Faculty Publications

In City of Arlington v. FCC the Supreme Court will consider whether courts should defer to an agency’s determination of its own jurisdiction. Although the need for courts to defer to agency interpretations of ambiguous statutory provisions under Chevron v. NRDC is well-established, the Supreme Court has never decided whether so-called Chevron deference should apply to statutory provisions delineating the scope of agency jurisdiction. There are several reasons courts should not confer Chevron deference to agency interpretations of statutes that define or limit an agency’s jurisdiction. First, the conferral of Chevron deference is premised upon the existence of ...


Heat Expands All Things: The Proliferation Of Greenhouse Gas Regulation Under The Obama Administration, Jonathan H. Adler Jan 2011

Heat Expands All Things: The Proliferation Of Greenhouse Gas Regulation Under The Obama Administration, Jonathan H. Adler

Faculty Publications

The Obama Administration has been moving aggressively to control greenhouse gas emissions under the Clean Air Act and other pre-existing statutory authority. Much of this new regulation was facilitated – if not mandated – by the Supreme Court’s decision in Massachusetts v. EPA. These regulatory initiatives mark a dramatic expansion of federal environmental controls on private economic activity. These efforts are unwise. Regulating greenhouse gases under the Clean Air Act, in particular, will impose substantial regulatory costs for minimal environmental gain. Extensive GHG regulation will not produce much actual climate change mitigation. Mitigating the threat of anthropogenic climate change requires an ...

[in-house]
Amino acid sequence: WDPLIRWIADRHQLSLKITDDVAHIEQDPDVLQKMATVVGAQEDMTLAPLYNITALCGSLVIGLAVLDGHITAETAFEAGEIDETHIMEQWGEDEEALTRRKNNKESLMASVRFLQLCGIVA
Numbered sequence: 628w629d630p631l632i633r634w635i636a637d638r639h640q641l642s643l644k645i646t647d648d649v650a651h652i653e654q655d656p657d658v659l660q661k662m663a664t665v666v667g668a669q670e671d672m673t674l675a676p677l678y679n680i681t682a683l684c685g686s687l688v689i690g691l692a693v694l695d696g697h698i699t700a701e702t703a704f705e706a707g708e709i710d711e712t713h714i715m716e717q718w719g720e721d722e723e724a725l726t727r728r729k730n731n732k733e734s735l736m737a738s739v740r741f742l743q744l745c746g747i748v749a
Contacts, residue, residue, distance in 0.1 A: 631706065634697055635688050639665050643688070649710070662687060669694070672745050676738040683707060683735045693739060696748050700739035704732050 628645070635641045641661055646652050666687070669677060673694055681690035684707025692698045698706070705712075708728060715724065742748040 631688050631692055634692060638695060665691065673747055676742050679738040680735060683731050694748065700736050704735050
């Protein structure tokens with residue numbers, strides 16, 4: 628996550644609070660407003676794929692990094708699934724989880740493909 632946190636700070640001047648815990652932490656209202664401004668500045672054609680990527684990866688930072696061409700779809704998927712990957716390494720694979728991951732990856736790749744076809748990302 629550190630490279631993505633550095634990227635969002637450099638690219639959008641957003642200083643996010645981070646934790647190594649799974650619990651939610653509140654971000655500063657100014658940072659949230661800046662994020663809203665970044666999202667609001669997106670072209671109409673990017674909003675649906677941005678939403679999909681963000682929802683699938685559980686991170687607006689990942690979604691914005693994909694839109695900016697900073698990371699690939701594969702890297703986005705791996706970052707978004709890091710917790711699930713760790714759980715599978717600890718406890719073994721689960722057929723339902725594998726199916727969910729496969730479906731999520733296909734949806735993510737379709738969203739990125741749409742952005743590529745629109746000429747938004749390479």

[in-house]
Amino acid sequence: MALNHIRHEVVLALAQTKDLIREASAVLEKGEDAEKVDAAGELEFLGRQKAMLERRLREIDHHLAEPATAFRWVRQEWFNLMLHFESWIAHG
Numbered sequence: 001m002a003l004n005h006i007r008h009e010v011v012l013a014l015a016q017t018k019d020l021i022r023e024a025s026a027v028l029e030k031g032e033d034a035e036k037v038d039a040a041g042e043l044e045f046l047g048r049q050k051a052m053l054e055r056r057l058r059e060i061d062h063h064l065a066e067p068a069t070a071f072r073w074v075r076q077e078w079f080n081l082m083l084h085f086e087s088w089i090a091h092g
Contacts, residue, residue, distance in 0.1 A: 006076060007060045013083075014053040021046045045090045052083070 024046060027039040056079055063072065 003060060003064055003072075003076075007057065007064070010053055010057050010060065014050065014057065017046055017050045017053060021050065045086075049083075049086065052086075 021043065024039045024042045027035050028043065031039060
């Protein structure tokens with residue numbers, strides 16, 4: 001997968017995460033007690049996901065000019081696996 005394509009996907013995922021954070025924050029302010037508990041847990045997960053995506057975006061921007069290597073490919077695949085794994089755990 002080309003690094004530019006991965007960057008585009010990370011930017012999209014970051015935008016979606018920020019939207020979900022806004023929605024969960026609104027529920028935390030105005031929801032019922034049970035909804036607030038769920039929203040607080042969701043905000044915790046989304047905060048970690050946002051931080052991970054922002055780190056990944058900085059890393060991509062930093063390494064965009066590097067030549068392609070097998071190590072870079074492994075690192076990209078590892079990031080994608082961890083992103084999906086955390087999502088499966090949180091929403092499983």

Would The Reins Act Rein In Federal Regulation?, Jonathan H. Adler Jan 2011

Would The Reins Act Rein In Federal Regulation?, Jonathan H. Adler